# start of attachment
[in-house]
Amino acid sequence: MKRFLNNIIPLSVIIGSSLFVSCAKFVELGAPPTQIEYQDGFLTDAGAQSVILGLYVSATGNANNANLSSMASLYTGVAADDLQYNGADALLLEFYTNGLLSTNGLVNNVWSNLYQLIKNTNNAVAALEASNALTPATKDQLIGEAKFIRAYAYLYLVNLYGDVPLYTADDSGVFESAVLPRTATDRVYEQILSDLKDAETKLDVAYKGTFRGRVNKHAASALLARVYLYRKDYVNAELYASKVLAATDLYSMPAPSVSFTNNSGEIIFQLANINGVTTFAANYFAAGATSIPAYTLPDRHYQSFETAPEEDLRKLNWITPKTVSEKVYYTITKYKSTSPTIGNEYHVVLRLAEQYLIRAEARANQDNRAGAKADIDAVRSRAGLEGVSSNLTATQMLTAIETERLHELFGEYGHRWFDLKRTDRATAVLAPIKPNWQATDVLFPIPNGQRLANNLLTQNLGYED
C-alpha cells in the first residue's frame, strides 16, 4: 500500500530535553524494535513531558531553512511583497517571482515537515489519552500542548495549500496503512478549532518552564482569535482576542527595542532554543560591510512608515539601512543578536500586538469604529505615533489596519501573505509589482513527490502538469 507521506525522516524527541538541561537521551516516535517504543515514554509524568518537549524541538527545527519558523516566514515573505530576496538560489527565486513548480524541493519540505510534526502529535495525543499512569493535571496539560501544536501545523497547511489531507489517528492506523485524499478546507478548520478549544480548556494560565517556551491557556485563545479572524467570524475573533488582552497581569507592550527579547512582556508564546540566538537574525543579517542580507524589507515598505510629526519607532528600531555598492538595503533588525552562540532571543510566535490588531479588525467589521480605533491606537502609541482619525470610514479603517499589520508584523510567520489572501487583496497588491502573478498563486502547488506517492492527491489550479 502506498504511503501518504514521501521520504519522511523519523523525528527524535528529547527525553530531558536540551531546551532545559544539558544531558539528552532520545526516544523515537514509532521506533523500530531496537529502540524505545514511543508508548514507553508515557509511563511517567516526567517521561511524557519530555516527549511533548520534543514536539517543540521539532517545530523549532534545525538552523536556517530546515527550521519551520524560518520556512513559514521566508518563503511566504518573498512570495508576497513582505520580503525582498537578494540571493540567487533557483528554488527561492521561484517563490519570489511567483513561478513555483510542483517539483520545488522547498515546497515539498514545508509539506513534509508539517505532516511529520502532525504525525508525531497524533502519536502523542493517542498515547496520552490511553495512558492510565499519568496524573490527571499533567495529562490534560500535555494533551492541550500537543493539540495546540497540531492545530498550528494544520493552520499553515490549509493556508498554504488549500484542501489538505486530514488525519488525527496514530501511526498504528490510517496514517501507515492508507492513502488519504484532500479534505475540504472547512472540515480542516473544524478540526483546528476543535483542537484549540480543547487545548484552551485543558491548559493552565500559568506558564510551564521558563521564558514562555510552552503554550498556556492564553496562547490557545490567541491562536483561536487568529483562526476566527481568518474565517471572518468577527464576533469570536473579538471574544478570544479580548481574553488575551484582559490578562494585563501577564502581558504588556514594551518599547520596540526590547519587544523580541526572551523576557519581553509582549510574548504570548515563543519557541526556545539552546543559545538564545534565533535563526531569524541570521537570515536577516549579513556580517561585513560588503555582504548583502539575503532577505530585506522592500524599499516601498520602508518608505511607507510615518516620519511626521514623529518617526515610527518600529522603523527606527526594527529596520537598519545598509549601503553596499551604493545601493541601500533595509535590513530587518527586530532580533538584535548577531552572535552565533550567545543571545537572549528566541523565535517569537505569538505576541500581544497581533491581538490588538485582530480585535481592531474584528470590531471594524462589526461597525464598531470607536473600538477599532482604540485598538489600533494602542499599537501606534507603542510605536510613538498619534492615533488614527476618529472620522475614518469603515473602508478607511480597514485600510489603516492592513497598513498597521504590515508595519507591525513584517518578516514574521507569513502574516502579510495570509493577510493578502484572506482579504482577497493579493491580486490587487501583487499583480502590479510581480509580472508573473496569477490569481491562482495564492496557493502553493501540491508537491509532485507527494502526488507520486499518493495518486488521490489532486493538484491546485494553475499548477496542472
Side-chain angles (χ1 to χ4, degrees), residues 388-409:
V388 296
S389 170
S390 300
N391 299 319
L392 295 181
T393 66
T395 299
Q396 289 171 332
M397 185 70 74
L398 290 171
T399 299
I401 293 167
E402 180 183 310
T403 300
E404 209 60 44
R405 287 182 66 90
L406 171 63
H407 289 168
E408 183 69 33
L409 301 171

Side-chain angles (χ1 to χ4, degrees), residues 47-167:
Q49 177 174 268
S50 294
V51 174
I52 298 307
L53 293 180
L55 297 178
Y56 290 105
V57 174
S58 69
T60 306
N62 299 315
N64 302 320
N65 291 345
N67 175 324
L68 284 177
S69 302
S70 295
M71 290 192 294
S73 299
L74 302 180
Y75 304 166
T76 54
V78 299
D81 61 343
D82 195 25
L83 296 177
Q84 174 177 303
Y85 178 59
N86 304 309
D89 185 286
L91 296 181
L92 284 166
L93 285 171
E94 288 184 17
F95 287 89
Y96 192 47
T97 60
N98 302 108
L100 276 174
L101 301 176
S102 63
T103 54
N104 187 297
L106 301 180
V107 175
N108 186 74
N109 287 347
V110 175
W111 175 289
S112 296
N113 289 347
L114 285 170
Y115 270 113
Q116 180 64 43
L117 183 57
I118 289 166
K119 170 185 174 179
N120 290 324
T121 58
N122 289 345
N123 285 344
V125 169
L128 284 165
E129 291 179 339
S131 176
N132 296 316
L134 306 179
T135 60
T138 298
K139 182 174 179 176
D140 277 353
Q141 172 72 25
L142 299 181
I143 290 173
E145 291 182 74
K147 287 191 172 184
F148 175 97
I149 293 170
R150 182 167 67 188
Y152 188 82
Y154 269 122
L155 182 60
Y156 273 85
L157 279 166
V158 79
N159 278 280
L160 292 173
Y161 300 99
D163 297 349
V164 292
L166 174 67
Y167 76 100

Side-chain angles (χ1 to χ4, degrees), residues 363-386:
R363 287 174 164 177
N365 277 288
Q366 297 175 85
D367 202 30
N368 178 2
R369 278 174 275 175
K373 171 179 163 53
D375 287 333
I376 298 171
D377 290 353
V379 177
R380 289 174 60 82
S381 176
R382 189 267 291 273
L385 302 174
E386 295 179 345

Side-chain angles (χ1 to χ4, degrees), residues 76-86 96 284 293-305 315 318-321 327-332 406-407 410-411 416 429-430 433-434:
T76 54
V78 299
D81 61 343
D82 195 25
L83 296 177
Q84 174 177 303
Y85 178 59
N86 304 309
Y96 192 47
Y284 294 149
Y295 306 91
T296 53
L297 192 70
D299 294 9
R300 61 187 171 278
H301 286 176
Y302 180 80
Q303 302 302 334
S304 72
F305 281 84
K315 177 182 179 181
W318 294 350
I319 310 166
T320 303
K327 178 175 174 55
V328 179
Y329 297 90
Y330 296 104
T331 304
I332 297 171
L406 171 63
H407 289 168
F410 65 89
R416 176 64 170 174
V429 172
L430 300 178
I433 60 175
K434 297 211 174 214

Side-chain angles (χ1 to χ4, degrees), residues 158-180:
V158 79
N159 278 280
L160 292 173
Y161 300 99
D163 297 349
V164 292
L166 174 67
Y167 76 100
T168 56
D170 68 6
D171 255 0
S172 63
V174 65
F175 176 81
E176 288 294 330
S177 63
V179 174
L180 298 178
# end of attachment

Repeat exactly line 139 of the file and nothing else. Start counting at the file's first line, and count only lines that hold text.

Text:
D82 195 25